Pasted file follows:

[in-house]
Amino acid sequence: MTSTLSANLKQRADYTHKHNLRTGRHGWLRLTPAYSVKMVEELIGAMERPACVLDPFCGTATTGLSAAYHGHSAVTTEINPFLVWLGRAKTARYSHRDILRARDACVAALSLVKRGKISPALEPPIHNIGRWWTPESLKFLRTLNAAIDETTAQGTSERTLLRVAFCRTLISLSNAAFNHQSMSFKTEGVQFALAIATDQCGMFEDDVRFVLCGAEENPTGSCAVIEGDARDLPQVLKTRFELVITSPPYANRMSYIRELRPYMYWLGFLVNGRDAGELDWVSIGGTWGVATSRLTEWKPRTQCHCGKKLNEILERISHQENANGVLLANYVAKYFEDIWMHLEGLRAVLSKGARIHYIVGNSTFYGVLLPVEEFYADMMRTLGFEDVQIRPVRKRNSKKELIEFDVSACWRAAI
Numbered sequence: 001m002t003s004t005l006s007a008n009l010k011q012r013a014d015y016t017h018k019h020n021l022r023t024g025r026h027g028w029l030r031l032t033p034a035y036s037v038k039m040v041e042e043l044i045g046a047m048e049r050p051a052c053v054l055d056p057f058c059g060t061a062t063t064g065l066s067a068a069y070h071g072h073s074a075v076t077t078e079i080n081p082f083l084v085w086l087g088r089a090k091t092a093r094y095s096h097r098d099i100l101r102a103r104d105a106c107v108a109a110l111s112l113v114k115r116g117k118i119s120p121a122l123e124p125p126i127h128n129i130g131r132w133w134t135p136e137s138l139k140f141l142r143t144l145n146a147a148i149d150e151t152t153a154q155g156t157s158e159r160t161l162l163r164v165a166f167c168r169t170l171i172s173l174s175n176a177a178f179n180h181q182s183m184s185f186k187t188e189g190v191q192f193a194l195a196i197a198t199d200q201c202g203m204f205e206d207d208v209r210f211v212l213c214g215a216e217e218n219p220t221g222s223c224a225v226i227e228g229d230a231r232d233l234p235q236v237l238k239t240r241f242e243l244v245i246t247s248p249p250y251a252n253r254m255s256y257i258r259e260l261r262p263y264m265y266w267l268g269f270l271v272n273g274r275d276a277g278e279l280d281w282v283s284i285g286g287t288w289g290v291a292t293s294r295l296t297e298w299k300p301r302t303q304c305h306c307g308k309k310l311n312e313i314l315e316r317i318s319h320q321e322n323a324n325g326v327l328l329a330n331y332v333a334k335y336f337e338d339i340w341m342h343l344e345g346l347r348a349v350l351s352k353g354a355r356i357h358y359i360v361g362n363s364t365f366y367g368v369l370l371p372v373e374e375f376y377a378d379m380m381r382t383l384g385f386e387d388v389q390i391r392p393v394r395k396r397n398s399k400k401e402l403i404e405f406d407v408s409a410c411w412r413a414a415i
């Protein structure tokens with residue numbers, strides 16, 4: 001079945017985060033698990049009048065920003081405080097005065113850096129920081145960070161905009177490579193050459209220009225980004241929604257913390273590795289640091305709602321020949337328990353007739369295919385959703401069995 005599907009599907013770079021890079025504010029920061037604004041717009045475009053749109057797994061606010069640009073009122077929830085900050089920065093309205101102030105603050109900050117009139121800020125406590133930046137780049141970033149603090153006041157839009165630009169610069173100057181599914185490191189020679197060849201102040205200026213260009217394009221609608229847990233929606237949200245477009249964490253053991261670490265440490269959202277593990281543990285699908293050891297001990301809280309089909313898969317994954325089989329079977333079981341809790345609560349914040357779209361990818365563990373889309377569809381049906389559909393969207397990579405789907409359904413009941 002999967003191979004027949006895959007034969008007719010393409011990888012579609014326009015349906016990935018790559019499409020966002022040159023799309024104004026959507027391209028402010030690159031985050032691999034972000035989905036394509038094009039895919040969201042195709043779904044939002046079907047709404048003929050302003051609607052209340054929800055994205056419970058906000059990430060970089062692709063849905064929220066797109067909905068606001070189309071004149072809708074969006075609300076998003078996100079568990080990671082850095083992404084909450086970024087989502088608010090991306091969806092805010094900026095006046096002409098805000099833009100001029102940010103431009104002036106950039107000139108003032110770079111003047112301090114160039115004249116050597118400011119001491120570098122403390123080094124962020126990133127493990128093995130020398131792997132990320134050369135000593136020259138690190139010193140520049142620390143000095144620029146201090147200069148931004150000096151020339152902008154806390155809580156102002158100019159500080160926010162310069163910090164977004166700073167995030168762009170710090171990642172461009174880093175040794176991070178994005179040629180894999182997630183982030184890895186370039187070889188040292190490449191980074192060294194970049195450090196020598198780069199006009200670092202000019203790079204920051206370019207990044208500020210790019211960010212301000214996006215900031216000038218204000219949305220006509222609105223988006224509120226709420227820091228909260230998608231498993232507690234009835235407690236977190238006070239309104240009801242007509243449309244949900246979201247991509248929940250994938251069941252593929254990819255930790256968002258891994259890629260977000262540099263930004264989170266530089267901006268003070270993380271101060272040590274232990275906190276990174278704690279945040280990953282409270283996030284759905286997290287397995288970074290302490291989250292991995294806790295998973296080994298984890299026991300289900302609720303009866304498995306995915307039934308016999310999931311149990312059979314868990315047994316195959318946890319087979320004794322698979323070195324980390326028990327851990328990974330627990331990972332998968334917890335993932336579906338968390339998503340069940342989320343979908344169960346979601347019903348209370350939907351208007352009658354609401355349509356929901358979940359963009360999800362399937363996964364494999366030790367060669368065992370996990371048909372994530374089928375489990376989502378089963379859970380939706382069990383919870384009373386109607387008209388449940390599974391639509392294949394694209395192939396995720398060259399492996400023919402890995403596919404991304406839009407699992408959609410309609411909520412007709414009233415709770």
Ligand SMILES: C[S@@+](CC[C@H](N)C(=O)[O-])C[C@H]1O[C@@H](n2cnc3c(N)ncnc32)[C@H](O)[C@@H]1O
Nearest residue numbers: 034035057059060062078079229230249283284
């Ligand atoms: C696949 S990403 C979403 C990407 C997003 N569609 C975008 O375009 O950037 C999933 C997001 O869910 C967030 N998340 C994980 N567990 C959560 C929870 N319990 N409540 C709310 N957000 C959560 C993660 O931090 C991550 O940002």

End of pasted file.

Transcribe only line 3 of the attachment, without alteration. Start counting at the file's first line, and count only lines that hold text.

Numbered sequence: 001m002t003s004t005l006s007a008n009l010k011q012r013a014d015y016t017h018k019h020n021l022r023t024g025r026h027g028w029l030r031l032t033p034a035y036s037v038k039m040v041e042e043l044i045g046a047m048e049r050p051a052c053v054l055d056p057f058c059g060t061a062t063t064g065l066s067a068a069y070h071g072h073s074a075v076t077t078e079i080n081p082f083l084v085w086l087g088r089a090k091t092a093r094y095s096h097r098d099i100l101r102a103r104d105a106c107v108a109a110l111s112l113v114k115r116g117k118i119s120p121a122l123e124p125p126i127h128n129i130g131r132w133w134t135p136e137s138l139k140f141l142r143t144l145n146a147a148i149d150e151t152t153a154q155g156t157s158e159r160t161l162l163r164v165a166f167c168r169t170l171i172s173l174s175n176a177a178f179n180h181q182s183m184s185f186k187t188e189g190v191q192f193a194l195a196i197a198t199d200q201c202g203m204f205e206d207d208v209r210f211v212l213c214g215a216e217e218n219p220t221g222s223c224a225v226i227e228g229d230a231r232d233l234p235q236v237l238k239t240r241f242e243l244v245i246t247s248p249p250y251a252n253r254m255s256y257i258r259e260l261r262p263y264m265y266w267l268g269f270l271v272n273g274r275d276a277g278e279l280d281w282v283s284i285g286g287t288w289g290v291a292t293s294r295l296t297e298w299k300p301r302t303q304c305h306c307g308k309k310l311n312e313i314l315e316r317i318s319h320q321e322n323a324n325g326v327l328l329a330n331y332v333a334k335y336f337e338d339i340w341m342h343l344e345g346l347r348a349v350l351s352k353g354a355r356i357h358y359i360v361g362n363s364t365f366y367g368v369l370l371p372v373e374e375f376y377a378d379m380m381r382t383l384g385f386e387d388v389q390i391r392p393v394r395k396r397n398s399k400k401e402l403i404e405f406d407v408s409a410c411w412r413a414a415i